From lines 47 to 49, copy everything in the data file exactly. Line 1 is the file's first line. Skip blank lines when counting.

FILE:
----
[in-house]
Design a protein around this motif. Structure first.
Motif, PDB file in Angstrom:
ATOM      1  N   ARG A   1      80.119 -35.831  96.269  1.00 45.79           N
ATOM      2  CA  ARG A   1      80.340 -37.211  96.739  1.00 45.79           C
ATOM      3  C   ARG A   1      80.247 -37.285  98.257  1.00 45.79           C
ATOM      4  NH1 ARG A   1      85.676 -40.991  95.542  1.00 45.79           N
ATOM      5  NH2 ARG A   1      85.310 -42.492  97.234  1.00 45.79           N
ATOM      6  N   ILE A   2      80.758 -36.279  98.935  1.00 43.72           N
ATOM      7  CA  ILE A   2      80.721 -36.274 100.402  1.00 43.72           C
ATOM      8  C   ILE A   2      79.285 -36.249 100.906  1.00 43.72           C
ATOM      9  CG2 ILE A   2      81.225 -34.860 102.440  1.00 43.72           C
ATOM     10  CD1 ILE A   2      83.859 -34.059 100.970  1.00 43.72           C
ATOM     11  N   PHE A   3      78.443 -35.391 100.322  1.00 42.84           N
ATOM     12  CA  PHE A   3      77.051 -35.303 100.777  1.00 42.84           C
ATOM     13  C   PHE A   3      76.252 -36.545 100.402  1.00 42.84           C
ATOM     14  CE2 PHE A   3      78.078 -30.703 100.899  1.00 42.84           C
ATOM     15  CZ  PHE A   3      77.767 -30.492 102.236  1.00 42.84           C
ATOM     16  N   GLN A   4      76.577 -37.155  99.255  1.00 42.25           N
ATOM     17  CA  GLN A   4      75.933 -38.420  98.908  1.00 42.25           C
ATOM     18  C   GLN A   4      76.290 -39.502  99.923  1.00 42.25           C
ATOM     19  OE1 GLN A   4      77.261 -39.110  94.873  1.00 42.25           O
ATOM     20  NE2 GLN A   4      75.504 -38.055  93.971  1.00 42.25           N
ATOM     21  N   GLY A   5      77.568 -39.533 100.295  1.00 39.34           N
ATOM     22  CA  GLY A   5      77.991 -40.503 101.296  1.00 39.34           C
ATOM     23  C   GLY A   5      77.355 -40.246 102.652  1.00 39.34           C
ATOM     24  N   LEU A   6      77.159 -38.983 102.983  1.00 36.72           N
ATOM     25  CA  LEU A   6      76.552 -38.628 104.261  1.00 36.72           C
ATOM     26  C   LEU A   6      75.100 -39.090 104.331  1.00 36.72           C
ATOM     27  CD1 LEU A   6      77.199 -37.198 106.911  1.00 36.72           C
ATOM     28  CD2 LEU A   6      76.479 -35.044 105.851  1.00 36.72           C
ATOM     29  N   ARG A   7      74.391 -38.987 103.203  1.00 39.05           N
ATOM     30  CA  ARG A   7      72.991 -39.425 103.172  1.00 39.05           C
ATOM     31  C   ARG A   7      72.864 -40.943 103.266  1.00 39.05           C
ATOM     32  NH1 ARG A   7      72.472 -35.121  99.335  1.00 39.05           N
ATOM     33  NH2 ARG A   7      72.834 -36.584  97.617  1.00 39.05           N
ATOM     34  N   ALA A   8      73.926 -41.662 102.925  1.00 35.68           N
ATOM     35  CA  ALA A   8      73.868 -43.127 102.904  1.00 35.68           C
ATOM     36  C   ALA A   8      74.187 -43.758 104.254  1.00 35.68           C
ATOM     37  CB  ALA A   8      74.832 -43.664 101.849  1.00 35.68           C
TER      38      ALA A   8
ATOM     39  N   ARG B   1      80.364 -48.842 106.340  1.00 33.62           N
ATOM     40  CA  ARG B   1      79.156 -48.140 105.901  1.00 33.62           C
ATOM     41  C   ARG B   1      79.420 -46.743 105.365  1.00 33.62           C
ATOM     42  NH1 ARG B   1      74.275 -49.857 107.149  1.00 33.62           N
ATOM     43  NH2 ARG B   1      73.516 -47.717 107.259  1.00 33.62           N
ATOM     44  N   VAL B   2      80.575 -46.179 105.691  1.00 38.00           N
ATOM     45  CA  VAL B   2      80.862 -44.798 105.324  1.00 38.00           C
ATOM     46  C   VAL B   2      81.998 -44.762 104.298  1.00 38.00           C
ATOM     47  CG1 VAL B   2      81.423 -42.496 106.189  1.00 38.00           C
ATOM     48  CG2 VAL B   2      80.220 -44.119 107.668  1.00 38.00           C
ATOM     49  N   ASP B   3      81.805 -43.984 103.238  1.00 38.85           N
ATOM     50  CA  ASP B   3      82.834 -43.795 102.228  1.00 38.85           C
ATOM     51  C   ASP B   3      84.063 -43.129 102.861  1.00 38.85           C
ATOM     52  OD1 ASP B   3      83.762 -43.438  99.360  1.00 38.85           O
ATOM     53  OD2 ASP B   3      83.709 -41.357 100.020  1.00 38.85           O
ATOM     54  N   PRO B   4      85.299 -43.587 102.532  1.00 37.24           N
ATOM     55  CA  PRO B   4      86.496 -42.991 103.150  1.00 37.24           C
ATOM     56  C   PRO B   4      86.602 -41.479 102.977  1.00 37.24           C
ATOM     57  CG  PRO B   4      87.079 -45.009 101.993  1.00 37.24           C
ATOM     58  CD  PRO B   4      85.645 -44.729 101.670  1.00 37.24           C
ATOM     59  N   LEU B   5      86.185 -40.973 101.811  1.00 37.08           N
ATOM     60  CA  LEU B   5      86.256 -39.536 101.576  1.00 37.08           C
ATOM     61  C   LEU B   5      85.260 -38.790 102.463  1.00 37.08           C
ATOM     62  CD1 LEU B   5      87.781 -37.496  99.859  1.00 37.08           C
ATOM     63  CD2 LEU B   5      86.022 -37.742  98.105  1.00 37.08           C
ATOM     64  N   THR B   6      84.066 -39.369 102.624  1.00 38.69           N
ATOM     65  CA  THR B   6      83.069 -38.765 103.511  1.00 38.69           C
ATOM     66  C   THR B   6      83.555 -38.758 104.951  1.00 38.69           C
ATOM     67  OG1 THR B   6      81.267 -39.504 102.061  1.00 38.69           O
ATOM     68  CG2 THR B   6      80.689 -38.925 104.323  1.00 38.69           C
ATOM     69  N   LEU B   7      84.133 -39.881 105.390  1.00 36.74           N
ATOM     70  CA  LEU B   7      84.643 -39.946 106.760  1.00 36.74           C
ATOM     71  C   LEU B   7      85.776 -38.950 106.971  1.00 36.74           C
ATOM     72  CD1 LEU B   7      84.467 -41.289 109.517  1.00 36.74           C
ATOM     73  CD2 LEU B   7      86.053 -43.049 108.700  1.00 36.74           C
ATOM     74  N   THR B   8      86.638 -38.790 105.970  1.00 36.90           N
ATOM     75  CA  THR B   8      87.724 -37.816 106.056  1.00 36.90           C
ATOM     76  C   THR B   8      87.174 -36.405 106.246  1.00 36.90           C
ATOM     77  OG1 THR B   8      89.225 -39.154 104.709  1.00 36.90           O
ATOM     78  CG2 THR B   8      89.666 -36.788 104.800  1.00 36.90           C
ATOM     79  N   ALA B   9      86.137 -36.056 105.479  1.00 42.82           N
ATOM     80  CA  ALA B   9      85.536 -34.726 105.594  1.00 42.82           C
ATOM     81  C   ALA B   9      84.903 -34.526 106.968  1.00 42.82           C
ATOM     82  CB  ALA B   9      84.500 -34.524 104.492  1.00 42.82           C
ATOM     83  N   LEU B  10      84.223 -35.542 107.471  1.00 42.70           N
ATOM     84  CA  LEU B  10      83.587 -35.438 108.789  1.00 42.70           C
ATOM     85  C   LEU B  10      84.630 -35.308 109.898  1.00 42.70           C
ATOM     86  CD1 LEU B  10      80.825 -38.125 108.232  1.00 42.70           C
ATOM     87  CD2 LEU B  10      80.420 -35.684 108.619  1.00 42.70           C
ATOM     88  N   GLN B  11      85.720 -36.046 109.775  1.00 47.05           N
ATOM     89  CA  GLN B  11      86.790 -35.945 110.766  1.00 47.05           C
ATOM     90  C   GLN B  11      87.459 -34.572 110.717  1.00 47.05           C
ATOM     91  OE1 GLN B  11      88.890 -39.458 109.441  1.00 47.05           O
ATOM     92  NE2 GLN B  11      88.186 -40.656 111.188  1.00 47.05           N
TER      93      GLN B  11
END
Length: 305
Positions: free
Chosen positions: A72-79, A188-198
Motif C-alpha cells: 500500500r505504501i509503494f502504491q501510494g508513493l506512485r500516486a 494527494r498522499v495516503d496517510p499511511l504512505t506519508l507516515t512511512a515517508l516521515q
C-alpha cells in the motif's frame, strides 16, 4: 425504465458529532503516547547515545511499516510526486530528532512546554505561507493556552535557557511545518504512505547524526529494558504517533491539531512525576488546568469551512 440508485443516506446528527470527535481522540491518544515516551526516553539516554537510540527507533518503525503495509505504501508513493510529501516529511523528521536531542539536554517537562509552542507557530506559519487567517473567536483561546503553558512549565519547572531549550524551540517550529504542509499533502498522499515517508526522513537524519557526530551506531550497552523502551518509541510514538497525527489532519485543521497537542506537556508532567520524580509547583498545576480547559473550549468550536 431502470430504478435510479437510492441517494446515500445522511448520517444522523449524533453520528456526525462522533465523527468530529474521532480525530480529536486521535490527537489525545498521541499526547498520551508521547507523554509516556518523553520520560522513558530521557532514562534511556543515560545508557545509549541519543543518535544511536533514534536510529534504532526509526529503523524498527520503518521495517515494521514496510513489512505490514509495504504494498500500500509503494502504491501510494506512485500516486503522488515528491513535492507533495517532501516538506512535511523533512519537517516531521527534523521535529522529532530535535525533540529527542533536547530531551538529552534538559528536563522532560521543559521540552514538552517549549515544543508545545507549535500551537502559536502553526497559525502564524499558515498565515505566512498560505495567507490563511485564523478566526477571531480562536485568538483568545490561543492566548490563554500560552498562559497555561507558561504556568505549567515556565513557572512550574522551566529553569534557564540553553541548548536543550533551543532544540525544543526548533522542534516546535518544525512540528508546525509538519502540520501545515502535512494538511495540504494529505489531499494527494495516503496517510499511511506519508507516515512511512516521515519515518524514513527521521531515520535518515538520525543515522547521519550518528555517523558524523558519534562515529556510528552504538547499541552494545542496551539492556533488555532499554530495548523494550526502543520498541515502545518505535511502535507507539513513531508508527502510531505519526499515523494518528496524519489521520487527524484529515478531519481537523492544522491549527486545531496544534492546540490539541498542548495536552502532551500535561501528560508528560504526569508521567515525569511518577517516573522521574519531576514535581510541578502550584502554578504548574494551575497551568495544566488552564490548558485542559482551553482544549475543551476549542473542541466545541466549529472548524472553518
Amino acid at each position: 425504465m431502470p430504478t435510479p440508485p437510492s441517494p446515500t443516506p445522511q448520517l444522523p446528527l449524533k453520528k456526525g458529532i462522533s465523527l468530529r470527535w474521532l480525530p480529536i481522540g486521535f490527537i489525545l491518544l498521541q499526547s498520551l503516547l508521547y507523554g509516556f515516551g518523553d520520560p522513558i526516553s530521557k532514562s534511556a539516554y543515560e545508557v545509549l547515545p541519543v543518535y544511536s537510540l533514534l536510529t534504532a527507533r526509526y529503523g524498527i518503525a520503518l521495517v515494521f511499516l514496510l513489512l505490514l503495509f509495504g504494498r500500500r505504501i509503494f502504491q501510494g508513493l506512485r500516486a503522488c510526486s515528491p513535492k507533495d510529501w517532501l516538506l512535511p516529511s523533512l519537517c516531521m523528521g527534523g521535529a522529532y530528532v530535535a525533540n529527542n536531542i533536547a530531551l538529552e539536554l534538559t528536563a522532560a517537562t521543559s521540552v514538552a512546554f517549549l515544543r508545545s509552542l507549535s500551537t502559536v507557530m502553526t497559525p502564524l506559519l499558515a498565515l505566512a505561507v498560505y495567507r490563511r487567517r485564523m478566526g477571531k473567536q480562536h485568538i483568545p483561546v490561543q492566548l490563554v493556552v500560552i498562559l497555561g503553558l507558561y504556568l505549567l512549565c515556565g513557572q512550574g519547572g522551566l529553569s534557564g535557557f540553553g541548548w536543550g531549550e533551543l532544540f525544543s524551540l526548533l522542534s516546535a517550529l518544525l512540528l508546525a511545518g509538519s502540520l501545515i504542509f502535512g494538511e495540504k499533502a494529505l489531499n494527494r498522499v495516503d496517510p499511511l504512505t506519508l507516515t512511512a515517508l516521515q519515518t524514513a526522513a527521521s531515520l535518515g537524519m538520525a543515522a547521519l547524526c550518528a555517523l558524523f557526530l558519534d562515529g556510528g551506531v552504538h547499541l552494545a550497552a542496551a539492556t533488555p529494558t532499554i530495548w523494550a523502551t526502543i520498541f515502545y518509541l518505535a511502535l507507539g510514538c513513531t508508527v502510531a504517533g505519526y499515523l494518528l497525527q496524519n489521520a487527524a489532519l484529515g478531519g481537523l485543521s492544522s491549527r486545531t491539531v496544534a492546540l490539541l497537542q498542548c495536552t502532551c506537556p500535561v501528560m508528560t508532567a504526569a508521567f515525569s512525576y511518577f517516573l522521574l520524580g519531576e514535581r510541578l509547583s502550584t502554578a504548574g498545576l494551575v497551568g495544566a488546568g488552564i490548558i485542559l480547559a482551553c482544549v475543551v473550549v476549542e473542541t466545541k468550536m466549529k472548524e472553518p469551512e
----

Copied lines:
ATOM     44  N   VAL B   2      80.575 -46.179 105.691  1.00 38.00           N
ATOM     45  CA  VAL B   2      80.862 -44.798 105.324  1.00 38.00           C
ATOM     46  C   VAL B   2      81.998 -44.762 104.298  1.00 38.00           C